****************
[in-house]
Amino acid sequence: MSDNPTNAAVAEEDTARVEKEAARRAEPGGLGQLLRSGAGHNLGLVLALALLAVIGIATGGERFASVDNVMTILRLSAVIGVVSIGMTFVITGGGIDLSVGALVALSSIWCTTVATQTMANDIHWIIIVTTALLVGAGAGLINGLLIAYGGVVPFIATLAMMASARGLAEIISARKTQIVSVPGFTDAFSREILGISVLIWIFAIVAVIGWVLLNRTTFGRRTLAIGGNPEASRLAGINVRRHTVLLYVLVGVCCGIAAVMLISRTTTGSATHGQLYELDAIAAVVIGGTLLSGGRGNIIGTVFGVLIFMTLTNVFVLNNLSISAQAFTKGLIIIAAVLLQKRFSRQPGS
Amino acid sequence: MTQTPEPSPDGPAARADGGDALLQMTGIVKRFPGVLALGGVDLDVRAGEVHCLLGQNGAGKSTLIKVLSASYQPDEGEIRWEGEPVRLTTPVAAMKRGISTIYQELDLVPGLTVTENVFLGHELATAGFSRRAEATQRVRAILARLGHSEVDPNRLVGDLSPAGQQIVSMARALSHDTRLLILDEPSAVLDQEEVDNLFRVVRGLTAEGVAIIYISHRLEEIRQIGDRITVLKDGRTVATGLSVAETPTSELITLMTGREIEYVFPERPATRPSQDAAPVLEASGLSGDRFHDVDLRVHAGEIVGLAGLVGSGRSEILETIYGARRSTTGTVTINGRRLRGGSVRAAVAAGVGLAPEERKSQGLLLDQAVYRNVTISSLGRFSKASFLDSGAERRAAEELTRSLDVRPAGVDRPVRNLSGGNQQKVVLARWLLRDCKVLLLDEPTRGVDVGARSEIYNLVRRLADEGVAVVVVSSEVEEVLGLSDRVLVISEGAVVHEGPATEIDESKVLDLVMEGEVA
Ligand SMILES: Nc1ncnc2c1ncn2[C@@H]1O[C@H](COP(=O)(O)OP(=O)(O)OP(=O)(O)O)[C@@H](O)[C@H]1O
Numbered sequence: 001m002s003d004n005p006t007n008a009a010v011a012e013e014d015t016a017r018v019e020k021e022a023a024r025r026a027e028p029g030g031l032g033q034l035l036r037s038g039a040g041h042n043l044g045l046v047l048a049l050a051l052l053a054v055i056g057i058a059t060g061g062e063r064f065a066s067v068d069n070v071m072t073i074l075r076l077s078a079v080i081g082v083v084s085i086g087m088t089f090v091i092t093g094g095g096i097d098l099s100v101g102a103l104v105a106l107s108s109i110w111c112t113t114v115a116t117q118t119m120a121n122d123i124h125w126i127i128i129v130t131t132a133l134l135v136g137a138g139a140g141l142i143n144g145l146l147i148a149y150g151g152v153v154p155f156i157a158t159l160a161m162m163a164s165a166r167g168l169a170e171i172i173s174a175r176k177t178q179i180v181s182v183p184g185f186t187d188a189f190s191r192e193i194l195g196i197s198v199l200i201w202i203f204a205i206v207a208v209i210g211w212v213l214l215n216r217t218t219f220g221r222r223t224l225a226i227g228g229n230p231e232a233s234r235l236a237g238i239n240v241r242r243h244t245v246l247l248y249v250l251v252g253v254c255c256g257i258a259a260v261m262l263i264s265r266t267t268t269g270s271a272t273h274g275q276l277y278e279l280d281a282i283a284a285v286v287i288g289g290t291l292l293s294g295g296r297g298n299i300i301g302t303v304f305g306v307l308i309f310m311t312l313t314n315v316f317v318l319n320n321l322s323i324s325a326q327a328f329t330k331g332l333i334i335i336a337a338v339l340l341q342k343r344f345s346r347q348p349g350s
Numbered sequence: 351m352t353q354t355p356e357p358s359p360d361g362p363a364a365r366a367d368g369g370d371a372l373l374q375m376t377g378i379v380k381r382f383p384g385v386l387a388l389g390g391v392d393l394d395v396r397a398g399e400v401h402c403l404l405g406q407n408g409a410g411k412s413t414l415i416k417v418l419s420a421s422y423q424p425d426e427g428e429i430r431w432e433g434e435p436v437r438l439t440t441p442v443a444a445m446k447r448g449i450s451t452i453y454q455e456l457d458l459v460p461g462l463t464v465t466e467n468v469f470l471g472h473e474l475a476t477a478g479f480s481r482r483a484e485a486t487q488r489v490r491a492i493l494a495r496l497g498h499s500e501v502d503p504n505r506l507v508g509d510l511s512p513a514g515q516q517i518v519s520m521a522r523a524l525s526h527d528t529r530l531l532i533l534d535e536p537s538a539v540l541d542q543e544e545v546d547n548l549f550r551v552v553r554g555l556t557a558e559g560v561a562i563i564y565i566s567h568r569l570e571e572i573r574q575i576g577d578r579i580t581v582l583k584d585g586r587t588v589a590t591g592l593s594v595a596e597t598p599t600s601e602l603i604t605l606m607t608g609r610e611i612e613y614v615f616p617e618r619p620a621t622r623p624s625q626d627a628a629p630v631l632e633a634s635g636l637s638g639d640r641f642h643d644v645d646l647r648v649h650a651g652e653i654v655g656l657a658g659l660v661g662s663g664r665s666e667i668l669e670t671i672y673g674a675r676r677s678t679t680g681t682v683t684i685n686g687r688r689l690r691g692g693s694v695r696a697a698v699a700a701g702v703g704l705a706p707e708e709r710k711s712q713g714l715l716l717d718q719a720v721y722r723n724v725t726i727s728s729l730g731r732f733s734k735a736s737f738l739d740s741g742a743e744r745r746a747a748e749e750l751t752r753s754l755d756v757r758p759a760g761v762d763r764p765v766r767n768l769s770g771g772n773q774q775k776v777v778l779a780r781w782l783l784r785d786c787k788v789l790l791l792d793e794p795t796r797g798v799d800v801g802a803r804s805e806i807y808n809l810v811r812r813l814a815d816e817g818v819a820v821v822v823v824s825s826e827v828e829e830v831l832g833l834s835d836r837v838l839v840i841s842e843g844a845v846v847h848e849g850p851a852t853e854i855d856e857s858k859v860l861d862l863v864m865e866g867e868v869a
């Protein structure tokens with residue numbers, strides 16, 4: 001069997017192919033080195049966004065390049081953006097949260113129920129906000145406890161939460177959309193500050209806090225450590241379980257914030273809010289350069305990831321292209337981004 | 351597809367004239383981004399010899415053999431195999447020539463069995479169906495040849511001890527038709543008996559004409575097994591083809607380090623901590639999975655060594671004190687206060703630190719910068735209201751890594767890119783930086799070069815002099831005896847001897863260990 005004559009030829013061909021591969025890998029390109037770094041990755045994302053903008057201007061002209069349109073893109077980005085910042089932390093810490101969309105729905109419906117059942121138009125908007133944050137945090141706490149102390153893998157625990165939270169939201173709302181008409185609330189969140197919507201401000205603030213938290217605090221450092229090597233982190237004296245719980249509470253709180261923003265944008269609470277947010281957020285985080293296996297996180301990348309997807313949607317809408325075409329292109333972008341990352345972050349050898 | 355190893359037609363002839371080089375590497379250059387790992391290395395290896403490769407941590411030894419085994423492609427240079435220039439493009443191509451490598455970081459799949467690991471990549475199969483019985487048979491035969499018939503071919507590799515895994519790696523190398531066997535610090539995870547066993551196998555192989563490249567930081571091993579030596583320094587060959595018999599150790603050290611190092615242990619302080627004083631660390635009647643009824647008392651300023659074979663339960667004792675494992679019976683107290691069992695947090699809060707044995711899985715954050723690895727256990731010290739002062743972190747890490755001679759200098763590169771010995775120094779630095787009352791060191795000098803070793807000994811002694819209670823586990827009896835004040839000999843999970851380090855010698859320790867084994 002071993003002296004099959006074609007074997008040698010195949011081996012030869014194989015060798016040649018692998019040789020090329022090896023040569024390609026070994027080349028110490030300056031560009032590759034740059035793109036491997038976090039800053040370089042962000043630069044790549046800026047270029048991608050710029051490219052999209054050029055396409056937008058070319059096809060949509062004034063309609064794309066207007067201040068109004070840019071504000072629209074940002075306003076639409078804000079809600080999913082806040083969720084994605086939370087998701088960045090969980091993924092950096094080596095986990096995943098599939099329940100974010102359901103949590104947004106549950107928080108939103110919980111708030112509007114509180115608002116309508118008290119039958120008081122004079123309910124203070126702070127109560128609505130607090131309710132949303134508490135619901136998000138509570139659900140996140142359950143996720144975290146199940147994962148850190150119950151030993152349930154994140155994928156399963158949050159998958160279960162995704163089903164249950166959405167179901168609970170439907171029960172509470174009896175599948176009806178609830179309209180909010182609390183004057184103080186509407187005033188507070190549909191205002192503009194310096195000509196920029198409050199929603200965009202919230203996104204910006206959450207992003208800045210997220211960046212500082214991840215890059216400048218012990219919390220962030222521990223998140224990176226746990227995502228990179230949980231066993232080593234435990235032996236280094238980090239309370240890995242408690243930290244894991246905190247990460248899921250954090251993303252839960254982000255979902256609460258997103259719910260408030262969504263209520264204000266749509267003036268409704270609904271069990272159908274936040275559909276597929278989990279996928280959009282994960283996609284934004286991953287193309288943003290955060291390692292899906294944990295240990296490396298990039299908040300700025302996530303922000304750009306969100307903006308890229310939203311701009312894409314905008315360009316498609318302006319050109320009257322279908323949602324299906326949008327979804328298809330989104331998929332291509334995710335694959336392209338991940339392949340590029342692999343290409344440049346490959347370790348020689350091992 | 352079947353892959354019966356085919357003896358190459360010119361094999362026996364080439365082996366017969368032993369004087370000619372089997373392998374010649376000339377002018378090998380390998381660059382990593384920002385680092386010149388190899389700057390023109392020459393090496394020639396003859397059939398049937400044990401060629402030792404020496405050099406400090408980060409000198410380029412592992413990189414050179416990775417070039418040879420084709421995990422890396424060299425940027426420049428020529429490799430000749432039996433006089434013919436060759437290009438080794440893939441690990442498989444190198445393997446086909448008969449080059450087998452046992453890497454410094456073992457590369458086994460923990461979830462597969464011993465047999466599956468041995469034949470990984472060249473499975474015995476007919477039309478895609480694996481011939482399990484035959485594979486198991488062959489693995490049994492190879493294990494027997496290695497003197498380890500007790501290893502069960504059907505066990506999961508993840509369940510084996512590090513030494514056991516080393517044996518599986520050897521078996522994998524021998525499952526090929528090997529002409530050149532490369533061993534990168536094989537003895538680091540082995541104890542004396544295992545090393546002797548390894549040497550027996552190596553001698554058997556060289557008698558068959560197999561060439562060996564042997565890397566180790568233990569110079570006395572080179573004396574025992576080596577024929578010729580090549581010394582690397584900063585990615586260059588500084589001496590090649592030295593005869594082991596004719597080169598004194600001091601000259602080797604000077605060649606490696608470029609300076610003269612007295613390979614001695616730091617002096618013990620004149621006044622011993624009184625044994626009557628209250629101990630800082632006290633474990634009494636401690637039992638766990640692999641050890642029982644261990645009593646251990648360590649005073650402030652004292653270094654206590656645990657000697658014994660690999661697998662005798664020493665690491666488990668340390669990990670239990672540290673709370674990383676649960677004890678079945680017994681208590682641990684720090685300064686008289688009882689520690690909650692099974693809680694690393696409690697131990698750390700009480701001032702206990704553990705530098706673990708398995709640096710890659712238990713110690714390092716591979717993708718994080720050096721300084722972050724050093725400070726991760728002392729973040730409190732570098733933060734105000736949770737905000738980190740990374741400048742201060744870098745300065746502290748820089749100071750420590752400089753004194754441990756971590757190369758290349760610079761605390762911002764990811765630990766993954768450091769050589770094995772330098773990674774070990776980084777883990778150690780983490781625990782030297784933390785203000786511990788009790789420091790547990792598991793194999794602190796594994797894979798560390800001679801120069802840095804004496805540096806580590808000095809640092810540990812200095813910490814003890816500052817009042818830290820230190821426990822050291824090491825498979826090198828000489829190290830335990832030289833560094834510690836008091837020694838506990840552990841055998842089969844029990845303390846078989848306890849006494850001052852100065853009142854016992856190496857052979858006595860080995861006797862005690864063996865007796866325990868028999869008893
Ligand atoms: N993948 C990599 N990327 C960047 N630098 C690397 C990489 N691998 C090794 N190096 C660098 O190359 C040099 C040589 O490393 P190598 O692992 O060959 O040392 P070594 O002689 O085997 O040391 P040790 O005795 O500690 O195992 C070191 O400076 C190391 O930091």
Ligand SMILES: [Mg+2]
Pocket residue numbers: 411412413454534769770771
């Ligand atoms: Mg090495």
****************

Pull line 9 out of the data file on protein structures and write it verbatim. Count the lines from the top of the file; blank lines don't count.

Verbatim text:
Ligand SMILES: [Mg+2]